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  • This Land Remained Their Land
  • Sharon Olinka (bio)
Four American Poets
Anthony Costello,
ed. The High Window Press
131 Pages; Print, $18.00

Published in England, this anthology declares itself to be “an incandescent collection of poems which gets beneath the surface of life in America,” or so the back cover claims. However, don’t expect Whitman’s exuberant America. Or even “What Thou Lovest Well Remains American.” It’s soon obvious we’re in Kevin Prufer’s America of empty promises, hidden violence, and consumerism.

Decadence haunts every page, wasted resources. Despair dresses up in even more intricate arrangements of language, like an ikebana display in front of a corpse.

The poets in the book are Michalle S. Gould, Philip Fried, Jay Passer, and Nicole Callihan. Their voices are all clever and nervy, reminiscent of the friend you had in high school who could party until dawn and still get all his homework done. Michalle Gould’s language owes much to experimental precedents, and involves a delicate weaving of abstract statements with imagery that has the beauty and precision of gold leaf on medieval parchment. While not all of the poems open up the white space of the page to interact with the text, her poem “Reconstruction 27” manages to do so in a way that suggests mountains, tipis, and the conflicts between white settlers and Native American tribes. Some of the phrases she uses are “A hive givers,” “lacerated dread,” and “the anvil quivers.”

Philip Fried warns readers with questions concerning issues that they might find hard to address, namely the extent of militarism in our society, and our responsibility for using its language, and acceding to its demands. “Have you brought forth the Predator Drones? Have you armed / them with Hellfire missiles and fledged them with glycol-weeping / wings?” With titles such as “Homeland Security,” “Press Release,” and “Words at War,” Fried employs a vigorous listing of actual military references, and while the tone is mainly serious, satire can come into play, as in his depictions of God as a lounge singer in cummerbund, and gleaming modern American kitchens with “Lares who guard the path of empire between / two walnut-glazed cherrywood islands with echoing soffit.”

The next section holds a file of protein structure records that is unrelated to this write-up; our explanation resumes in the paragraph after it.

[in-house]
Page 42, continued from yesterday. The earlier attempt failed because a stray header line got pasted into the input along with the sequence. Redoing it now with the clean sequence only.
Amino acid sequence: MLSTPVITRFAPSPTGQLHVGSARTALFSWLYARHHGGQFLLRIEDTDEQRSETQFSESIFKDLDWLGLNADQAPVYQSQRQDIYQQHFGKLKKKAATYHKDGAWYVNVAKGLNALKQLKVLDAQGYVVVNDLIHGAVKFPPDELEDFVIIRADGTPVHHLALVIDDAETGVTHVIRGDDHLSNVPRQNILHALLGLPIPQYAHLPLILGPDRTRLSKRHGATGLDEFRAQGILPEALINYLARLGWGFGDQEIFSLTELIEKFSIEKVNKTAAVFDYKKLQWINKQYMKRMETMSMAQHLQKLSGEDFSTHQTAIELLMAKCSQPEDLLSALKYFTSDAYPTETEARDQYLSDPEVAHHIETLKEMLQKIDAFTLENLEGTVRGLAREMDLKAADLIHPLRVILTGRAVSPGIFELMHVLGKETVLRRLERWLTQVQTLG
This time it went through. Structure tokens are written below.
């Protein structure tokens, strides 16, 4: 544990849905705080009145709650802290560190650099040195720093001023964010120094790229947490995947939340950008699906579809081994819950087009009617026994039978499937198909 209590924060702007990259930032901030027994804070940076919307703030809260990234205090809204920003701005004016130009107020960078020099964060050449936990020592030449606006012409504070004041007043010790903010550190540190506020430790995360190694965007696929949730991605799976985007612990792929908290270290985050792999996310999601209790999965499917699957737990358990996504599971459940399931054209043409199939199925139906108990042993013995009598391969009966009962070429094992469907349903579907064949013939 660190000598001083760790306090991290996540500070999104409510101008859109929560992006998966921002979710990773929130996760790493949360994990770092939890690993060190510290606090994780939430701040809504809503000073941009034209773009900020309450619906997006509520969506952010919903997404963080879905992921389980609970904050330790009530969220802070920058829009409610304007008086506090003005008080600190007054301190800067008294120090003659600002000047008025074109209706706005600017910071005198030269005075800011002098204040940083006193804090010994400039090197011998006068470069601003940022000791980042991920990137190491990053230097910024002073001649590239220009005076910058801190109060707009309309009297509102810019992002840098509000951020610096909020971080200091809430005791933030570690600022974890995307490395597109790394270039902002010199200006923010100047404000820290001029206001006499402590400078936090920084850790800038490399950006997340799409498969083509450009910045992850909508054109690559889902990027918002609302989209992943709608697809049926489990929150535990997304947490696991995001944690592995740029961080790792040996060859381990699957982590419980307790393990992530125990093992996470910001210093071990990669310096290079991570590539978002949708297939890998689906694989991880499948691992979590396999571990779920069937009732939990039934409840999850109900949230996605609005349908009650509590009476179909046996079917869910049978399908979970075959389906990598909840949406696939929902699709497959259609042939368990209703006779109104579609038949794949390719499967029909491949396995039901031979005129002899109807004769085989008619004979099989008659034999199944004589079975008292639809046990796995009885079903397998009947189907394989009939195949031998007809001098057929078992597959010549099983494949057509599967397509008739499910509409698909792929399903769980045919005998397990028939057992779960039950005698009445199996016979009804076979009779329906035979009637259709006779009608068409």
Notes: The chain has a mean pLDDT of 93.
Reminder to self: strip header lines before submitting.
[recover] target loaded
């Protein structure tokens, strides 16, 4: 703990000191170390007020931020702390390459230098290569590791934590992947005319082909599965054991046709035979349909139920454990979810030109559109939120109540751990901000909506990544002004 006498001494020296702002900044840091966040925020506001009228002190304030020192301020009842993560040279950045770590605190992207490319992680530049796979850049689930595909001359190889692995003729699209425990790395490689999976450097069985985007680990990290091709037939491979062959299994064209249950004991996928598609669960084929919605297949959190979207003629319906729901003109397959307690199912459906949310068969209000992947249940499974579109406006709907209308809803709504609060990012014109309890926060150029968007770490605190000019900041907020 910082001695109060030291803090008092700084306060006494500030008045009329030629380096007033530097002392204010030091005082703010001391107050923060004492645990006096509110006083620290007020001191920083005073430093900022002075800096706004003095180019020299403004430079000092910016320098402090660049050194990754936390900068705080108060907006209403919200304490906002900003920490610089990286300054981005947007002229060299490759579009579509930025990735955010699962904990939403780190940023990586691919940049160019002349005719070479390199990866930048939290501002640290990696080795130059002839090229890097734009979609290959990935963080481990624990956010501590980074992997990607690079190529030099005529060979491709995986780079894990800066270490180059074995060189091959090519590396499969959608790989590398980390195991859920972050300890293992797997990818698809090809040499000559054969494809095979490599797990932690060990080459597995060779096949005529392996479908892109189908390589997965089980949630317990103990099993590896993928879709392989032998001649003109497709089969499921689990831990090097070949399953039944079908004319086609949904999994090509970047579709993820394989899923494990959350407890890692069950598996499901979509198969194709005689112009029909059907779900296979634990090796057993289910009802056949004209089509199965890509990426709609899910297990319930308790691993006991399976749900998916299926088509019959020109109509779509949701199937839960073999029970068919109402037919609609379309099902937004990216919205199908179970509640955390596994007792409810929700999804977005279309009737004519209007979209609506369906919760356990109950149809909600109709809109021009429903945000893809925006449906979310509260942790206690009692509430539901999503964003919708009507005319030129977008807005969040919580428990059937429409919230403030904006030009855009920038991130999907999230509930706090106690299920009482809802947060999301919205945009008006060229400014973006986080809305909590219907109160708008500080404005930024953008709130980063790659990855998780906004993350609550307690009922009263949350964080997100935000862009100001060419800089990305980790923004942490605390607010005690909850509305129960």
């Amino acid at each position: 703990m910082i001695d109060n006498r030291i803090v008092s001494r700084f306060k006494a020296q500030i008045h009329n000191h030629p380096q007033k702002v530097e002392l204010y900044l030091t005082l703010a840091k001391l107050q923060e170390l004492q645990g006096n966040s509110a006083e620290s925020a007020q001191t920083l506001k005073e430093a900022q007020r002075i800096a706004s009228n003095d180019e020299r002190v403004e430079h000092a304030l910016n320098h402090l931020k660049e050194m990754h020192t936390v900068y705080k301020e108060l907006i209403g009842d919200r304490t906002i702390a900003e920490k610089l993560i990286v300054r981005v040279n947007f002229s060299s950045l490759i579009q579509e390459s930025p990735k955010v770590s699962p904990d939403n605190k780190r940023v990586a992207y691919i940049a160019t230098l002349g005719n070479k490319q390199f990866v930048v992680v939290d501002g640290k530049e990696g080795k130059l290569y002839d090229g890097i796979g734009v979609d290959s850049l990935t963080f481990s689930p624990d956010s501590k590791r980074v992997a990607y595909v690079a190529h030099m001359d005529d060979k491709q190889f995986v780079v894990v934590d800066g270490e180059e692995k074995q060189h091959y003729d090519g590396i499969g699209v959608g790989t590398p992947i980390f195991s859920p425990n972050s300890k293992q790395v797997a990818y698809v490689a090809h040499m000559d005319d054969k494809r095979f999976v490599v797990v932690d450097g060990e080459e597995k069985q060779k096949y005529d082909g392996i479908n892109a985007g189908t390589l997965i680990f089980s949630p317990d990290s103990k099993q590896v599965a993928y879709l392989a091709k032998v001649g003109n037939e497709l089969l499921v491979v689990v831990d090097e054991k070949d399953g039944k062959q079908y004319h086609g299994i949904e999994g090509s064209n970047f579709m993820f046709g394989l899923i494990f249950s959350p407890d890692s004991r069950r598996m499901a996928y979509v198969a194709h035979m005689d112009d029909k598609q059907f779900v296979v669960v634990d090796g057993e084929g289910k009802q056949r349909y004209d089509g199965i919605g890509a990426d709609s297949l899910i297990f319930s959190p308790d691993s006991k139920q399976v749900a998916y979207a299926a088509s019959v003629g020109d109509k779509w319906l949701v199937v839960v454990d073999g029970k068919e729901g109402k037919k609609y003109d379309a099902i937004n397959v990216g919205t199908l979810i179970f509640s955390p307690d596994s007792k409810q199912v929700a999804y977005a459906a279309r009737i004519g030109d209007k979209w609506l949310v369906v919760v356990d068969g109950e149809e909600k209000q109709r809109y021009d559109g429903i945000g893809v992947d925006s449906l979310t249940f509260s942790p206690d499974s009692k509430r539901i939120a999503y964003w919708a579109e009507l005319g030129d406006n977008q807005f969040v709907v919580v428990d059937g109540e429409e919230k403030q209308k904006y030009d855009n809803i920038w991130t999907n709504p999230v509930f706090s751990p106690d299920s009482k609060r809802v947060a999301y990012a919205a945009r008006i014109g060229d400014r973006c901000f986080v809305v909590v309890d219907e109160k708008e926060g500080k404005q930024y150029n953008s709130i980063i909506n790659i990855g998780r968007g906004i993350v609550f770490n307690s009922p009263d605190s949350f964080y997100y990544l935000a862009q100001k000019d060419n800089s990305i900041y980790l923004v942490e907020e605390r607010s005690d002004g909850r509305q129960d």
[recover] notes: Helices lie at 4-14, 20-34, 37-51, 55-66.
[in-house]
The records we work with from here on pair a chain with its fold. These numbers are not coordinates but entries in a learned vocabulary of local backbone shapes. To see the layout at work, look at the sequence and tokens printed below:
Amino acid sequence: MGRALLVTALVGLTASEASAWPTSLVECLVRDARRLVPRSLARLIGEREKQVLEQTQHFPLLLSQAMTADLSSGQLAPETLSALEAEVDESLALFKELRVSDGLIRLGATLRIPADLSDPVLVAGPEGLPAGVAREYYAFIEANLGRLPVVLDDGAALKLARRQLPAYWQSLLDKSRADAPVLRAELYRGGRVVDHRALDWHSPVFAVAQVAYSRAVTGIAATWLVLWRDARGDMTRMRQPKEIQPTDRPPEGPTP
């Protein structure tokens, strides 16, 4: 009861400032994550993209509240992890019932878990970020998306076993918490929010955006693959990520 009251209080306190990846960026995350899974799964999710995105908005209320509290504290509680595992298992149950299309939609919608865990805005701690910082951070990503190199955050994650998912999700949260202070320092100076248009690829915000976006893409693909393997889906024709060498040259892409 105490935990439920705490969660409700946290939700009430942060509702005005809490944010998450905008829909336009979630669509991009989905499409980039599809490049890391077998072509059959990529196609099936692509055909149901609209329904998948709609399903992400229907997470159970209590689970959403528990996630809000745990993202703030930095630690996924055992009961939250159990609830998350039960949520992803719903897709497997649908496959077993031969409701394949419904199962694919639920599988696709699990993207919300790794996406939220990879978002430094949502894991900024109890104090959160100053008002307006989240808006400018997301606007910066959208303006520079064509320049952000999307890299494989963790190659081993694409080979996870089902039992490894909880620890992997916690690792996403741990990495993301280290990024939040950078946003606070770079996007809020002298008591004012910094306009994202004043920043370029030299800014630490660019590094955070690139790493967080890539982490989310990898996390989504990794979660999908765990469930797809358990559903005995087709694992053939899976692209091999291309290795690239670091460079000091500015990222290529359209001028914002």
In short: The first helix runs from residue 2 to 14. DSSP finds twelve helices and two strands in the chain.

Jay Passer’s poetry is a delightful surprise. Raucous as the best of the Beats, his staccato bursts of language manage to be both provocative and gently humorous. His signature poem here is called “I Can see the Future but it’s not seeing and it’s not the Future.” After a series of misadventures in which the narrator goes to jail, has his Hungarian girlfriend cheat on him, falls asleep in a shopping cart parked on train tracks in Tacoma, Washington—and so on—he declares that his good intentions and idealism no longer cut it, and “Nowadays / I see flab and tomfoolery / consuming all the smug smiles.” And finally, the narrator states “It’s all about / Cats.”

Like a virusLike an earth-borne asteroidLike a bitty drop of cyanide dribbled on the dictator’s tipof World War’s finaleI see itLike a lucid dreamReallyAt the final curtainIt’s all aboutCats

How does the narrator know? Because Passer, with clever twists, adroit phrasing, leads the reader to the climax of the poem by making the reader identify with life’s absurdity.

Ask the EgyptiansCats got it made

They don’t give a good goddamnThey don’t care if there’s dolphinMixed in with the tunafish

Somehow I can just imagine British readers picking up this book, pleased with the mea culpa on display regarding American mistakes and foibles. It’s preaching, after all, to the converted—good supporters of PEN International, The Guardian, and so on. However, I hope the even tone and deep well of humanity in Nicole Callihan’s poems will not be overlooked. I will give her the last word, in this passage from “Message Shoved into an Empty Bottle of Rosé and Tossed into the Hudson on a Sad Summer Night.”

I am smalland dumband brokenand so veryvery alivestranger:I hopethe same...


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